Maybe goes without saying, but everyone should wake up each morning and by the time they’re showered and ready to get started for the day, they should have already recited the day’s list in their head. If you know what you need to achieve that day it is so much easier to just get it done – often we imagine things to be bigger and worse than they really are, but just add it to your list and tick it off.

So there’s daily lists, but there are weekly and monthly lists, too.

#4. Buy bulk, strategically.

It never ends, right? Well, why not get the jump on routines that you know will keep continuing? When you’re doing a shop, why not buy a few extra of the items you know you’ll keep using? We recommend doing this in particular when you spot an item on offer, so you can maximise your budget, as well.

#5. Be consistent.

Probably the most important piece of advice, which we save for last – and probably the most painful and difficult. It’s the most important because all of the above advice becomes worthless if you don’t keep the routine up. We think long term consistency will always be number one.

It’s also the hardest, and the reason why people seem to think a manageable household is unattainable – because, unfortunately, things pile up and start to become insurmountable.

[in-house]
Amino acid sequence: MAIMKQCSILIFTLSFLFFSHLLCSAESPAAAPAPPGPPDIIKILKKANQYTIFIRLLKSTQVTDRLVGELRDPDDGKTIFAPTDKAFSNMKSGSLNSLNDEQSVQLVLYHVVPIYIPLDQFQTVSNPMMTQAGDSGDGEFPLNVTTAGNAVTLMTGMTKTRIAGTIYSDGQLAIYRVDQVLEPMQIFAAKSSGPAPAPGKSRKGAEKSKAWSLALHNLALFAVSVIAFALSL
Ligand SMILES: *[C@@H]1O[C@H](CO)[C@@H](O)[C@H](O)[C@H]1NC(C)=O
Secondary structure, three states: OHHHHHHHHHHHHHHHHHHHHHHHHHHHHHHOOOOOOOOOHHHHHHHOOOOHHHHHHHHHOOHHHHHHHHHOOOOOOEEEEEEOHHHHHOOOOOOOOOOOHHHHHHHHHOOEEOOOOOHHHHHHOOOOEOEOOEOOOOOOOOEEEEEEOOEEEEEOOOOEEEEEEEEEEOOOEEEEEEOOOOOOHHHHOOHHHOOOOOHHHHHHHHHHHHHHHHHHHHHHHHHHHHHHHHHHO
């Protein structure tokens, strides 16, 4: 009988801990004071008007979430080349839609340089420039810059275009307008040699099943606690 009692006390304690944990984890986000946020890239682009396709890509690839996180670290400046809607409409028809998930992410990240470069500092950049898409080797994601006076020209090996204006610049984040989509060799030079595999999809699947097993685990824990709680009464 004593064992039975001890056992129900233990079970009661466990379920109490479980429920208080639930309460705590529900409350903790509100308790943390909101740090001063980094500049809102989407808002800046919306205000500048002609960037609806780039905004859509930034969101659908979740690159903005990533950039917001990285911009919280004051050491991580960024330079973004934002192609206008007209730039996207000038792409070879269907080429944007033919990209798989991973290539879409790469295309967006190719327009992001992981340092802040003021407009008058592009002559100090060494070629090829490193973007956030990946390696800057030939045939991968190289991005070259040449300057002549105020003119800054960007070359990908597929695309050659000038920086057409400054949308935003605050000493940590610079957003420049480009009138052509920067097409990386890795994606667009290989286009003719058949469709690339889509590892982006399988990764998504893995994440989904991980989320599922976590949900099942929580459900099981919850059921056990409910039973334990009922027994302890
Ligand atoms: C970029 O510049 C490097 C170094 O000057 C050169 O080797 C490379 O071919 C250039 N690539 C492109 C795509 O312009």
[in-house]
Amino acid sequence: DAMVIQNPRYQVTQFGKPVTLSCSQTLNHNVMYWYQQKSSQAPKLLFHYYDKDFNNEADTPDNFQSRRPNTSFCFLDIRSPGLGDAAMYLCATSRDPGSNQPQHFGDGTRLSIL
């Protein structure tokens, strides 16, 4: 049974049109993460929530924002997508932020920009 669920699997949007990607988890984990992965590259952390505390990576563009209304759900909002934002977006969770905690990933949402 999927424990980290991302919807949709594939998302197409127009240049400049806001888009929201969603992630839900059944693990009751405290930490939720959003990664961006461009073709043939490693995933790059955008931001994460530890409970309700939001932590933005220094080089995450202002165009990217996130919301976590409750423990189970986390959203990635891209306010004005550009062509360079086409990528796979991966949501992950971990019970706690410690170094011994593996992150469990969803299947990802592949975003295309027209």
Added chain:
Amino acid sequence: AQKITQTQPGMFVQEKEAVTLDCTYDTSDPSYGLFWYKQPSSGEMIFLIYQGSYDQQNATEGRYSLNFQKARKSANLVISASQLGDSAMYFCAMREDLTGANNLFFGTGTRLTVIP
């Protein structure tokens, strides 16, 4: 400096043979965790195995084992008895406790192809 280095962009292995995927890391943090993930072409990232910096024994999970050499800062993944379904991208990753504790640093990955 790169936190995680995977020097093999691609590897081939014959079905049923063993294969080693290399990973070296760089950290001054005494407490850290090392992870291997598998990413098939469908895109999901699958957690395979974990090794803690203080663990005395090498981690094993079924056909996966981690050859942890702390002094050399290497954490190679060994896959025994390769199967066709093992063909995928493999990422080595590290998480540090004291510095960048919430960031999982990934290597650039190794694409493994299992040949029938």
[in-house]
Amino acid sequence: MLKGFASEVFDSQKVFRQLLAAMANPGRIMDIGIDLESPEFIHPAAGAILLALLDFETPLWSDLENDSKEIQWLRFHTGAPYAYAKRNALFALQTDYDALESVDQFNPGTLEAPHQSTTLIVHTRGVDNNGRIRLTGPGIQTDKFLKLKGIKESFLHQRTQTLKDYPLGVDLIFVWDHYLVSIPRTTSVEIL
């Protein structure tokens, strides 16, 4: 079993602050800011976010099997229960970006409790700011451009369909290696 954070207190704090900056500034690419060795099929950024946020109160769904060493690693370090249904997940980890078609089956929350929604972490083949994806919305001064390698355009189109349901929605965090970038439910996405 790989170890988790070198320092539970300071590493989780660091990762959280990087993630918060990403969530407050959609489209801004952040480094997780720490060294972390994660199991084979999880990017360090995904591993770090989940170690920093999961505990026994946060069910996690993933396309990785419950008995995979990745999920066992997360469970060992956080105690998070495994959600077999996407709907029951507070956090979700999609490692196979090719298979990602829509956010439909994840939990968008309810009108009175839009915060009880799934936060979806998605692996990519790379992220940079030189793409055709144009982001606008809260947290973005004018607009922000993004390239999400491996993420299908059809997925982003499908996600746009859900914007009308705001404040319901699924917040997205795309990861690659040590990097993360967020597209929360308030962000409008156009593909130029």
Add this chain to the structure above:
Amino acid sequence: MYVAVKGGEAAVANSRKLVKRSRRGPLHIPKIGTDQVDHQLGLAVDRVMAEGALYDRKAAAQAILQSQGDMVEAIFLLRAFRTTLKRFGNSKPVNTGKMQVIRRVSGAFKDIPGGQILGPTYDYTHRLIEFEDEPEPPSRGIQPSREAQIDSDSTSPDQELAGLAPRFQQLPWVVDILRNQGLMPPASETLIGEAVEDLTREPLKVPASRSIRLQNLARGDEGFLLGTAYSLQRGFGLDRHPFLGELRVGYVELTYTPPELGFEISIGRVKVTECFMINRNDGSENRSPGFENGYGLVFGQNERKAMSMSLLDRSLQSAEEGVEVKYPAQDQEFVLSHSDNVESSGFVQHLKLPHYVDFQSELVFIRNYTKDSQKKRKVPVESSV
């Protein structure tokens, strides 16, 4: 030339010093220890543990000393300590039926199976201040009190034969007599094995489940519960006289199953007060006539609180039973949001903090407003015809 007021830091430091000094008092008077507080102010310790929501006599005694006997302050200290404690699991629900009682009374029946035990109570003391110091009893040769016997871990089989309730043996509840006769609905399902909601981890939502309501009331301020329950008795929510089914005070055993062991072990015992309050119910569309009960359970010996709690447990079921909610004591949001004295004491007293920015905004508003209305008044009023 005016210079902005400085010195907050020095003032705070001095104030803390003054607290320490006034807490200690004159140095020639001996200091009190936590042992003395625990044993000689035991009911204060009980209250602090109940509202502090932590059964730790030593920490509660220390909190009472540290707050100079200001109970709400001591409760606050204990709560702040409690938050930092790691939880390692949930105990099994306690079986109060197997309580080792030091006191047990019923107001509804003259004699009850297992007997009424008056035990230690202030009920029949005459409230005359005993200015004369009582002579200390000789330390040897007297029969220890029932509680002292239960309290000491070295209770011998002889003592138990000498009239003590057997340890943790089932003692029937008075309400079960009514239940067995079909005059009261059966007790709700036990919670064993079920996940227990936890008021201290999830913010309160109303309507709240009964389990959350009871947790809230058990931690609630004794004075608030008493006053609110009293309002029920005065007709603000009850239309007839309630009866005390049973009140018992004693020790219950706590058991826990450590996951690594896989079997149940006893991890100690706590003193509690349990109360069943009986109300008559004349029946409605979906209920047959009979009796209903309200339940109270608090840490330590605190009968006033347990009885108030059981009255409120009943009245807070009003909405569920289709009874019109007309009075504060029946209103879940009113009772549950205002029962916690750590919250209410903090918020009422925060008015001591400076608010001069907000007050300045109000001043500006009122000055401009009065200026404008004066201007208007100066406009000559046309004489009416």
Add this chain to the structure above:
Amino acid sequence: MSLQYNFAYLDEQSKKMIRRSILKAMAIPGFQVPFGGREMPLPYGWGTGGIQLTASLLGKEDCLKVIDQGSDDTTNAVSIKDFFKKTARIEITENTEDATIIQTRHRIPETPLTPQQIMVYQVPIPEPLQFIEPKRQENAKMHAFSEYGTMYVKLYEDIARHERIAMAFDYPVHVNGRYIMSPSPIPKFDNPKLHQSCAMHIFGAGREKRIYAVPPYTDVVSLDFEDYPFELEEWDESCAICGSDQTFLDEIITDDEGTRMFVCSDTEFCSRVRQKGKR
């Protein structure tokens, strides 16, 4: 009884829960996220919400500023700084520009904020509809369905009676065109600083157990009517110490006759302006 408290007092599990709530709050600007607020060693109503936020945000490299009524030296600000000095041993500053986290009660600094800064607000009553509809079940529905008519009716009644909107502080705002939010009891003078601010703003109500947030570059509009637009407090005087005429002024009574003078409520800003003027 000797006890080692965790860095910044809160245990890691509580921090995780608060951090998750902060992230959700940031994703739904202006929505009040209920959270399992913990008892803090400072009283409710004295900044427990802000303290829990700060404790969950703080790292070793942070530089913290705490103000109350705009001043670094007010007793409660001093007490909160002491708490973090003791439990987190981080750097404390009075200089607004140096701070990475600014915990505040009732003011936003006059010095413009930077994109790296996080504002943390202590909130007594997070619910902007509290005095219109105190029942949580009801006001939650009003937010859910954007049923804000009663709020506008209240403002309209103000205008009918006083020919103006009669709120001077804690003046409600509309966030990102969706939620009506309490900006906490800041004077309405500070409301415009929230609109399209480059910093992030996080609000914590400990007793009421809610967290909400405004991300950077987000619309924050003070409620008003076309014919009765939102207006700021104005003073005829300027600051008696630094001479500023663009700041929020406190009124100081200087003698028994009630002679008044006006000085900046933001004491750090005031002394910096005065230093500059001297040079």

Mountains out of molehills!

Consistency comes from valuing the development of good life habits. It comes from the boring, the mundane; it comes from going to bed regularly, and waking up early. If these are less of a priority for you, then it’s easier to slip and not be so consistent.


A example of our daily routine

0630-0730 – exercise

We are both early risers, which means using this time to get some exercise in is easy for us, but taking the time to get your body moving really does set you up for a day of success.

0800-1800 – work

Lunch in between – comprises ready cooked chicken and prepped groceries, soups, etc. quick cooks. We also sometimes try to cook a little extra of something at dinner which can be turned into the next day’s lunch: some extra protein to add to a salad for lunch, some leftover rice which can be turned into a quick egg fried rice, etc.

Cooking dinner

Part of our Sunday night ritual is to plan out the meals for the week. This means we don’t spent time each day asking ourselves “what are we going to eat tonight?”. Typically the menu is a mix of meals which are quick to cook – stir fry, pasta etc. and those which are more of a slow cook. The benefit of these slower cooked meals is that they can be spread throughout the day – marinade the protein in the morning, slow cook in the afternoon evening while on a work call or doing an after work yoga class.

1900-2000 – dinnertime

The highlight of the day – an hour spent eating good food and catching up with each other’s day on work, goals, or even just the day’s news.

2000-2130 – alternative work or projects

This is not something we do every day, sometimes its time spent watching TV or FaceTiming family, but if we have projects that we are working on this is when we usually do them. Even just an hour spent on something during the week can really be productive.